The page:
Theo Volpatti/Contrasto/Redux President Joe Biden was dealt a significant setback this month when he was forced to abandon David Chipman, his nominee to head the Bureau of Alcohol, Tobacco, Firearms, and Explosives. The nomination was only the second he was forced to withdraw, and it was a blow to the gun-control groups who had backed Biden’s pick. What went wrong? One explanation gun-control advocates often lean on when they face setbacks involves the power of the National Rifle Association. The NRA creates “puppet politicians” who do “nothing but lie and continue taking the NRA’s dirty money,” March for Our Lives wrote in a September 15 fundraising appeal. Brady, another gun-control group, appealed to its donors a week later to give more so they could stop “the NRA and their bought-and-paid-for politicians” from enacting more permitless-gun-carry laws. In an August 21 message to supporters, Brady said it was fighting to break the “NRA’s stranglehold on our democracy.” The narrative is familiar: Gun-control measures can never pass, because the NRA forbids it. The group buys off all the politicians with its incredible campaign spending. Then it owns their votes, and gets everything it wants. But the reality is starkly different. In the 2020 election cycle, the NRA contributed less than $1 million directly to candidates. That made it the 996th-largest donor for the cycle, according to OpenSecrets . The group spent about $5.4 million on lobbying in that same time frame, which put it a bit higher, at 169th. Since 2012, […]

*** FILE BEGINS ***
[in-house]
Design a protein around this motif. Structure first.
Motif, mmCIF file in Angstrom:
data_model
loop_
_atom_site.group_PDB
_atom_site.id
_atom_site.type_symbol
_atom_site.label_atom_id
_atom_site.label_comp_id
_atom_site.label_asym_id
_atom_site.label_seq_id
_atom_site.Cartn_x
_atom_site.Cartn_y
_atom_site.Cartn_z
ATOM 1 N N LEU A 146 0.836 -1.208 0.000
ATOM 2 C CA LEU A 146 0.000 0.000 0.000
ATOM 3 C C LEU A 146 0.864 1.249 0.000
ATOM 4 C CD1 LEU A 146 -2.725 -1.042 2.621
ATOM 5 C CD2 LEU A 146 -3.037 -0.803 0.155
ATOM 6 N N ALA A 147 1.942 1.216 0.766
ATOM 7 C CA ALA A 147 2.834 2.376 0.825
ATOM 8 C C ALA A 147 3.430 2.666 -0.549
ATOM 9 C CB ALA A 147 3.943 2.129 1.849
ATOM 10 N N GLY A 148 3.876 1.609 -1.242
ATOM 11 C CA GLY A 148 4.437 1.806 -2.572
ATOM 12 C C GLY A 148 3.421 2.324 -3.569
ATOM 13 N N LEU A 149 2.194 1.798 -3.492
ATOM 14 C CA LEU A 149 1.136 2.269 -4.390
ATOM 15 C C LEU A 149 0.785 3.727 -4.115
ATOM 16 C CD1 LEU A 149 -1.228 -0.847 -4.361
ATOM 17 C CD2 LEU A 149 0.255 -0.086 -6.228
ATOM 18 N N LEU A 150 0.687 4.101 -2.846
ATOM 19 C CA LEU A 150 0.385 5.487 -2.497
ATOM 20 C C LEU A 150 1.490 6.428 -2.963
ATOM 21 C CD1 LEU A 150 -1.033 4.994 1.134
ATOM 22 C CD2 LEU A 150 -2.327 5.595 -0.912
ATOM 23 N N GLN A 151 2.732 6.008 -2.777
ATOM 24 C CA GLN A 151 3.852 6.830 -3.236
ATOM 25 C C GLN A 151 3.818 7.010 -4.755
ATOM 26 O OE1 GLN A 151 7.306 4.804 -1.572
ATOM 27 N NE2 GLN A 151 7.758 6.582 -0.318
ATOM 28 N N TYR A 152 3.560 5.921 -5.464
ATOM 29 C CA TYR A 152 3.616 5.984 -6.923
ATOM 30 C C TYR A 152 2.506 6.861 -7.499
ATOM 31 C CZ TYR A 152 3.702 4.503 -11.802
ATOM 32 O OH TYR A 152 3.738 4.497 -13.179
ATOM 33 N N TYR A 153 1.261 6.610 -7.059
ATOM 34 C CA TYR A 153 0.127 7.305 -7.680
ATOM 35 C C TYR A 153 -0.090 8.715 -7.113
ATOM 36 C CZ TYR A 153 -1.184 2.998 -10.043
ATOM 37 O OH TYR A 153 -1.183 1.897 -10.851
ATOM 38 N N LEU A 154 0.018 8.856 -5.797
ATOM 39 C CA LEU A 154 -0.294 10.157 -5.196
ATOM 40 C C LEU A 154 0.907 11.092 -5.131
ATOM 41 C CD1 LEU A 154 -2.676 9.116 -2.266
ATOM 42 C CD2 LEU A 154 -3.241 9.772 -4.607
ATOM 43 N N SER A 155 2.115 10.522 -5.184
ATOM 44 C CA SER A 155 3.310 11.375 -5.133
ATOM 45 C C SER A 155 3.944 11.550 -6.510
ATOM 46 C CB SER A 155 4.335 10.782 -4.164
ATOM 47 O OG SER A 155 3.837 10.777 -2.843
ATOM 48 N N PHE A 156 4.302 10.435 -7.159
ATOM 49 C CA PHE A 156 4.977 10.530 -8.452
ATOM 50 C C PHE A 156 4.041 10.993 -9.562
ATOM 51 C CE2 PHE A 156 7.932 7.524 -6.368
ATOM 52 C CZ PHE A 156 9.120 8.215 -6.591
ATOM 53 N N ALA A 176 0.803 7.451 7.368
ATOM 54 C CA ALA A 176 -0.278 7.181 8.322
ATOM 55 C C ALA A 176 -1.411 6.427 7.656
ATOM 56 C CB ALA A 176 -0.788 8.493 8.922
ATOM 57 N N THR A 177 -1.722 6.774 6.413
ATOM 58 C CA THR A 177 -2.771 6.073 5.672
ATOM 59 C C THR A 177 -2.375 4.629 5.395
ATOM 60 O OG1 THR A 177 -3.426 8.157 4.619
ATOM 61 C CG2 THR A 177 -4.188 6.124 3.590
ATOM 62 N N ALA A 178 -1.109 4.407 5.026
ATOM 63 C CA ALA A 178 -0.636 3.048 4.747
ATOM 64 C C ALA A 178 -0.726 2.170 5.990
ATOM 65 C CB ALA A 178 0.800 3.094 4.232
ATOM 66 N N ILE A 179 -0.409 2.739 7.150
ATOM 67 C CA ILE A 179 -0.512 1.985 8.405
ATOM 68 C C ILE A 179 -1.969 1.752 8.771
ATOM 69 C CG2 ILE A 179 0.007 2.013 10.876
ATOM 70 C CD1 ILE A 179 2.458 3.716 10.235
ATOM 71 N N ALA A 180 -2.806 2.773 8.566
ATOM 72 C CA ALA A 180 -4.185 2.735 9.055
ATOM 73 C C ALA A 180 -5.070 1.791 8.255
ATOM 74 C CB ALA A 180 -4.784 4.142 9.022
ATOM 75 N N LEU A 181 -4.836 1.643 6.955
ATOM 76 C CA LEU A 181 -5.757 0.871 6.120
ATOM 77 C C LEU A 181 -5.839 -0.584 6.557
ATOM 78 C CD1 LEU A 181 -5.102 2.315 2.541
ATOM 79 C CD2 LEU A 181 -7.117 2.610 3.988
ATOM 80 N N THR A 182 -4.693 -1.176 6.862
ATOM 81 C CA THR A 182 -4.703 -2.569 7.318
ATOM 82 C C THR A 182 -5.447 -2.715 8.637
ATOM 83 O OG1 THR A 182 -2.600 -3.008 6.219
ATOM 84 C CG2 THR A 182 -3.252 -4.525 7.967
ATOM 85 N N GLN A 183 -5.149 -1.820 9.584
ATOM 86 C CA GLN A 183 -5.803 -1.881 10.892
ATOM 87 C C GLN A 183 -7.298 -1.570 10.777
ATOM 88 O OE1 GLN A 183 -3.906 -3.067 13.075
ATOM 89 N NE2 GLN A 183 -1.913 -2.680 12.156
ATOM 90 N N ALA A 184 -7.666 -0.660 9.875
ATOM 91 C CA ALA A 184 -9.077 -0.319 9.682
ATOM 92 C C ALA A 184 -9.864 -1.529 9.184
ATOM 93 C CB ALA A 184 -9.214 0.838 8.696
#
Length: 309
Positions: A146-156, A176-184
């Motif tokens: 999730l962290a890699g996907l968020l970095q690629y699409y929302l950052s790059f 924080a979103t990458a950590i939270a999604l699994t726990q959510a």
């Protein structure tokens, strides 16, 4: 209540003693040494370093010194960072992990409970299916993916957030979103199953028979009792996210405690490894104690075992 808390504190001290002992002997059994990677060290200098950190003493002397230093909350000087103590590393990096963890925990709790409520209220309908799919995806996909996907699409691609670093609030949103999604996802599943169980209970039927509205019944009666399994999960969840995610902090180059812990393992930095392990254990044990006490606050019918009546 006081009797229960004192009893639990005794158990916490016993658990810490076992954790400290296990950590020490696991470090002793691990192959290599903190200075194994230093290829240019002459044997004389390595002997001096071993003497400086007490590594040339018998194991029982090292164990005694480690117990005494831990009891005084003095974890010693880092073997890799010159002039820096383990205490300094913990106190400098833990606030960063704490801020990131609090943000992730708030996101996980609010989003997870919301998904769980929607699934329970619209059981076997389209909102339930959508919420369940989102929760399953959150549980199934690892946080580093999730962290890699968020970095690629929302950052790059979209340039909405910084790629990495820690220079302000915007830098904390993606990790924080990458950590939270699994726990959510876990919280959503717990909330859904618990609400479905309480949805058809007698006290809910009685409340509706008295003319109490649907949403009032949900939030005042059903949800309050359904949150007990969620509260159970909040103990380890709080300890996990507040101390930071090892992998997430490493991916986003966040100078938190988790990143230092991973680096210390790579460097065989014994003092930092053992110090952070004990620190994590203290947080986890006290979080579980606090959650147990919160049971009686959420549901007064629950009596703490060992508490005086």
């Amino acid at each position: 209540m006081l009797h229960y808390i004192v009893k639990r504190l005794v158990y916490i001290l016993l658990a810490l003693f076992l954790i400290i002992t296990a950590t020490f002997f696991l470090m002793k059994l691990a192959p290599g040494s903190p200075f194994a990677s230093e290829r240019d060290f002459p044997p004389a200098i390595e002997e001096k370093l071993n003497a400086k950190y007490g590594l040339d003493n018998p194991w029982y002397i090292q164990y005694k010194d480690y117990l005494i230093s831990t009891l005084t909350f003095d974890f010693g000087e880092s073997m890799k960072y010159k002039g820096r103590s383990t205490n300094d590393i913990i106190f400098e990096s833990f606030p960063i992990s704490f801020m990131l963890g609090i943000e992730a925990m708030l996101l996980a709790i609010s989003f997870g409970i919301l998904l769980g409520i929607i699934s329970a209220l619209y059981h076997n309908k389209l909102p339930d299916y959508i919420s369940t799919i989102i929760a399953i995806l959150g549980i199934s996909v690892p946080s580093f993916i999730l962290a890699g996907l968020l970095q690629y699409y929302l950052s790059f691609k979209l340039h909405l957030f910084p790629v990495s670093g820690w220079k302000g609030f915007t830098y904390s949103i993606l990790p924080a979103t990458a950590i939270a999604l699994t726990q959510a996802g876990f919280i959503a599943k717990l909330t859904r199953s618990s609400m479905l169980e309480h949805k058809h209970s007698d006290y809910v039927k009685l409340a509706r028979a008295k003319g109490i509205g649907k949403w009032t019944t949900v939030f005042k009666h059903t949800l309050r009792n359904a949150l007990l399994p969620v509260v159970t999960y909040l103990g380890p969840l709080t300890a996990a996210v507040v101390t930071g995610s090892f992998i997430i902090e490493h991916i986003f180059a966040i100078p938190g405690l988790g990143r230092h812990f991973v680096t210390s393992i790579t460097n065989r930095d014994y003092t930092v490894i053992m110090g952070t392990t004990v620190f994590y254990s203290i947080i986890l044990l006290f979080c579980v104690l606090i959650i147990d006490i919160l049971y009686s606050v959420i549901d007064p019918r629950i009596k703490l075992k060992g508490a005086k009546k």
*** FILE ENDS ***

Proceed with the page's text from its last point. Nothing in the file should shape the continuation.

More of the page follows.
Click here to view original web page at Why Can’t Democrats Pass Gun Control?